Windows 11 – Early Use

It has been about a month since installing Window 11 on my laptop and for the most part, I’ve found the transition fairly seamless. With the notable exception of the Minecraft Launcher crash, the majority of my experience to date is very much the same as before.

I am still getting used to some interface differences, though. For example, I have to adjust my habitual expectations when I right click on files to access the action options. What used to be a simple list, is now a mixture of list and buttons. It is taking me a while to remember the button icons so it slows me down, but I’m sure over time they’ll become second nature.

One feature I was hoping a future update would improve is the start screen. Although the most recent update increased it a little bit, it still is smaller than the Windows 10 version and therefore allows for fewer tiles (shortcuts) to open various apps. I used that extensively (expanded start menu) in Windows 10 and now I find I do not have enough slots for the number of apps I use regularly enough to warrant a shortcut, but not so often that I want the shortcut on the task bar. I should note here my idiosyncrasy – I do not like ANYTHING on the desktop, so that means I rely on the start menu and task bar for quick access.

One tweak I made immediately was to move the task bar icons to the left side. I do not like them in the center.

The different look of notifications in the lower right corner of the screen is also a bit annoying. It is cluttered by the calendar showing each time I check the notifications. So far, I have not found a way to change that other than to minimize the full month view of the calendar to show just the current date. I don’t mind (even like) having the time/date show on the task bar, but I do not want the calendar to pop up every time there is a notification to see.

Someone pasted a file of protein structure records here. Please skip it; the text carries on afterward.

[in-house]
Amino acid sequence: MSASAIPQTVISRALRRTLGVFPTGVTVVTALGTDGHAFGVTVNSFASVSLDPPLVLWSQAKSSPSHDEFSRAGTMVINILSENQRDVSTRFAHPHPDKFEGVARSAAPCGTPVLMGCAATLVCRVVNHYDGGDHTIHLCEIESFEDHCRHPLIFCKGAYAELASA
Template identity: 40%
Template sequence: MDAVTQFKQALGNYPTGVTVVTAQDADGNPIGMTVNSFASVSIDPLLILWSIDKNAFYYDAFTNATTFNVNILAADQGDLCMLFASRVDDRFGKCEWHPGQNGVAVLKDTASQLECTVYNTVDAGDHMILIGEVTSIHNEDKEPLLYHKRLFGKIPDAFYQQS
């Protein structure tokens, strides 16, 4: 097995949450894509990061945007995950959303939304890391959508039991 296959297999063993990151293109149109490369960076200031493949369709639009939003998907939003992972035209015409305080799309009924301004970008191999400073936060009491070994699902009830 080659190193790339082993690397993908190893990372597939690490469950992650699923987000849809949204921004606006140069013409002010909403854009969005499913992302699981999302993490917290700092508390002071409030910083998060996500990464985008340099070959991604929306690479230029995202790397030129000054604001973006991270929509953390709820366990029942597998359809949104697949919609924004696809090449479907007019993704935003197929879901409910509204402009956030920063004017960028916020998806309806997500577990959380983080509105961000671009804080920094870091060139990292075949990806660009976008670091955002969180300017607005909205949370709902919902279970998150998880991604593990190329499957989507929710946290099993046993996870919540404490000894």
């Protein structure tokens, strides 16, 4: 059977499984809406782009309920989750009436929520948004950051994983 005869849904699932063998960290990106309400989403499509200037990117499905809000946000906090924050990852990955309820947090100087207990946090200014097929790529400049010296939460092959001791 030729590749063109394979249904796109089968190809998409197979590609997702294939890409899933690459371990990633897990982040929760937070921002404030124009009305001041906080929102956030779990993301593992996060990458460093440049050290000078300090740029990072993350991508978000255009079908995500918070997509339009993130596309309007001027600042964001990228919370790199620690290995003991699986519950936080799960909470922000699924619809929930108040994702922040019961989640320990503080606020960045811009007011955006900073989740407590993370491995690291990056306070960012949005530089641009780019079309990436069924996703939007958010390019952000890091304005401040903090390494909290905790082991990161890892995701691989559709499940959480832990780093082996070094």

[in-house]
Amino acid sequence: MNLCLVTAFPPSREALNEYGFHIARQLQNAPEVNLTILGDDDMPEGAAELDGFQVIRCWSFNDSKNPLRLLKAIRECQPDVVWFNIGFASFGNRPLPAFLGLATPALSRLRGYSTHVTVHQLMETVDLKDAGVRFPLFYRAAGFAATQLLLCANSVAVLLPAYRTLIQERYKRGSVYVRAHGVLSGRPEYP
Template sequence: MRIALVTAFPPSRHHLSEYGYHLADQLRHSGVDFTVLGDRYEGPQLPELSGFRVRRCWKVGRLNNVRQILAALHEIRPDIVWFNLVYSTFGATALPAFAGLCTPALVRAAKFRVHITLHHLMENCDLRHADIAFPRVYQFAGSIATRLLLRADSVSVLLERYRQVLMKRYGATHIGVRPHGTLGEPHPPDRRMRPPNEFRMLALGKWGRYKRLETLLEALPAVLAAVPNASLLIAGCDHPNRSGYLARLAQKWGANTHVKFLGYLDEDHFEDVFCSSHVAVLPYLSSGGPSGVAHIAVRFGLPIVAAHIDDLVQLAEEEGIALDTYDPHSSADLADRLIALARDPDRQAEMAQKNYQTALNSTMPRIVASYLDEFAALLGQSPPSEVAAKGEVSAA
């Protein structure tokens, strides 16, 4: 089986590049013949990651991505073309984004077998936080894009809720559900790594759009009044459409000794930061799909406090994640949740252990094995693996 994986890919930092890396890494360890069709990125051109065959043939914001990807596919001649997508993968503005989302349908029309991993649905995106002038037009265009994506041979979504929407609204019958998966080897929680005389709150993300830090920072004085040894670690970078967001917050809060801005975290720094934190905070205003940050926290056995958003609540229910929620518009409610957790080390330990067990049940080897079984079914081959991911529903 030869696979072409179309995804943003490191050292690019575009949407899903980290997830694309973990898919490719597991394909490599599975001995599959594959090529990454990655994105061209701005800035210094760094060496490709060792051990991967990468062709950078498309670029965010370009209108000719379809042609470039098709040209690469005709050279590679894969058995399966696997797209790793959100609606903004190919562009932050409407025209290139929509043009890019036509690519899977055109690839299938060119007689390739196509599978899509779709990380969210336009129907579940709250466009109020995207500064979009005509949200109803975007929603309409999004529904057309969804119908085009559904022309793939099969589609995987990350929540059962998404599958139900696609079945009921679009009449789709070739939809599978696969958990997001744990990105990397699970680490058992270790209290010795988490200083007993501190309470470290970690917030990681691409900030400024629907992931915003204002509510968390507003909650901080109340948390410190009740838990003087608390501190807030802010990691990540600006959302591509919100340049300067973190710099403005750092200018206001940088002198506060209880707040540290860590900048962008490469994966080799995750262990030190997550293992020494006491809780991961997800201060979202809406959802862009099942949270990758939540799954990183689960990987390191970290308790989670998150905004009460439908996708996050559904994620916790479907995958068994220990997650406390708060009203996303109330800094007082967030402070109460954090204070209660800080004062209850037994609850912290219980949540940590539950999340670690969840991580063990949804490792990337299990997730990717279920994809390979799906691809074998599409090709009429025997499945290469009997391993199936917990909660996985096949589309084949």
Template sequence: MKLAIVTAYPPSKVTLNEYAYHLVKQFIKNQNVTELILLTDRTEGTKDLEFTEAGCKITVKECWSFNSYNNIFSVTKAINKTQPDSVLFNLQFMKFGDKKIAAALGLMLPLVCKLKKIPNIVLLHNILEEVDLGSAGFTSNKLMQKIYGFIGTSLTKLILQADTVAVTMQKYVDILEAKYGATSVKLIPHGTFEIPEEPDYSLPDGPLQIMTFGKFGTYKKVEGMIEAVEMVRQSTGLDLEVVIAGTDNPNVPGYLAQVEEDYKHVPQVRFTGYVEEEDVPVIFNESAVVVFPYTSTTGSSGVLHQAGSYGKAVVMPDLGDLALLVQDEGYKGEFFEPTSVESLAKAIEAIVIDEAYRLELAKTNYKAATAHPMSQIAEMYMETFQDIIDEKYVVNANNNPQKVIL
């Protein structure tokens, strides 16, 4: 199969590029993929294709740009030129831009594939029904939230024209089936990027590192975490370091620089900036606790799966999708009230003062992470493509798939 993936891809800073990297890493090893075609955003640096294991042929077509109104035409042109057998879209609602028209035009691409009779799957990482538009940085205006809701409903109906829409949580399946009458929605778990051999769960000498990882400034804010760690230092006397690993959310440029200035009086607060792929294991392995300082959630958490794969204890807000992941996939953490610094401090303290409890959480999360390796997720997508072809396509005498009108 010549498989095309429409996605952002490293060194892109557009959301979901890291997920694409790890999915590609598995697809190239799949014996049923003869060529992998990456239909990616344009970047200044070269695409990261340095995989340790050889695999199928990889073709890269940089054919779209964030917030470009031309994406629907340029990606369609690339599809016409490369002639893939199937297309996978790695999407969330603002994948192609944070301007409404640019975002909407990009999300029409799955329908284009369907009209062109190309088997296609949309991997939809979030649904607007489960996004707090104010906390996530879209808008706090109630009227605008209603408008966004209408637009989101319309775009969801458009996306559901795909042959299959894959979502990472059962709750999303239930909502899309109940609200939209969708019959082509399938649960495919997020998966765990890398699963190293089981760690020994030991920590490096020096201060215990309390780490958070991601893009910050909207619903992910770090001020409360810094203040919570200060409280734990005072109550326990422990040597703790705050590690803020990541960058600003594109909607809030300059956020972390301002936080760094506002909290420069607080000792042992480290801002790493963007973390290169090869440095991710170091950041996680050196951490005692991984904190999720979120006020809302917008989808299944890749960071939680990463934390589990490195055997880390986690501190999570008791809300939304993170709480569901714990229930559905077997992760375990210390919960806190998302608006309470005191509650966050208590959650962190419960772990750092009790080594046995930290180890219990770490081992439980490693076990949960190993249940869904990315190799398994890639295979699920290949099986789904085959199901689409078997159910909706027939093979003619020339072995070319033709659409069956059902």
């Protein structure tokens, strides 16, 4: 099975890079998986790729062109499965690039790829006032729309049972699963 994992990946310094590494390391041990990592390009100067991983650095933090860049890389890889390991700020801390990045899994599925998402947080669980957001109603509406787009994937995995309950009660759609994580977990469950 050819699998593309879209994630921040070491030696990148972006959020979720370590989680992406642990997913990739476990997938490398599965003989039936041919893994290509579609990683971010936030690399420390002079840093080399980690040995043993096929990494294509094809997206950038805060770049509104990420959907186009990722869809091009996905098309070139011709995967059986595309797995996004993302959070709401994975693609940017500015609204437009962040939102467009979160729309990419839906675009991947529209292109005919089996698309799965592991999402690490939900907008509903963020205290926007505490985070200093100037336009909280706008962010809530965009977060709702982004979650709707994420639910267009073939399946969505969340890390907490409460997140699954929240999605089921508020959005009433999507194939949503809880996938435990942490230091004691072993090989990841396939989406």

Overall, I like the general look of Windows 11 better than 10.


Minecraft Launcher Crash

A few days ago, I ran into some significant problems that took up a good deal of time in trouble-shooting for days. At this point, it is difficult to know for sure the root cause of the problems because so many different things were updated the same day, if not virtually the same time, but I’m fairly certain a major contributor was the new Minecraft Launcher. I saw the issue was acknowledged for Xbox Game Pass paid subscribers, but I am not one of them, however, the download process did require a login Microsoft account and went to the Xbox profile so maybe it is the same issue.

The series of changes that I did on the two computers include downloading and attempting to install the new Minecraft Launcher, upgrade to Windows 11 on my laptop (got the invitation), installing two cumulative updates to Windows 10 on the old desktop that does not qualify for upgrade.

Coincidentally, my invitation to upgrade to Windows 11 came the same day as the notice of the new Minecraft Launcher and that is the day the problems started.

I decided to upgrade to the new Minecraft Launcher first because I thought it would be relatively fast and I was curious to see what it was about given the hype in the notice. I also was not sure how long the upgrade to Windows 11 would take. When trying to download and install the new launcher it got hung up and never completely installed. When I checked the Microsoft Store it just showed pending, along with 6 other apps, most of which I never use and don’t care at all about. The download/install process never finished. I had the same problem on the desktop.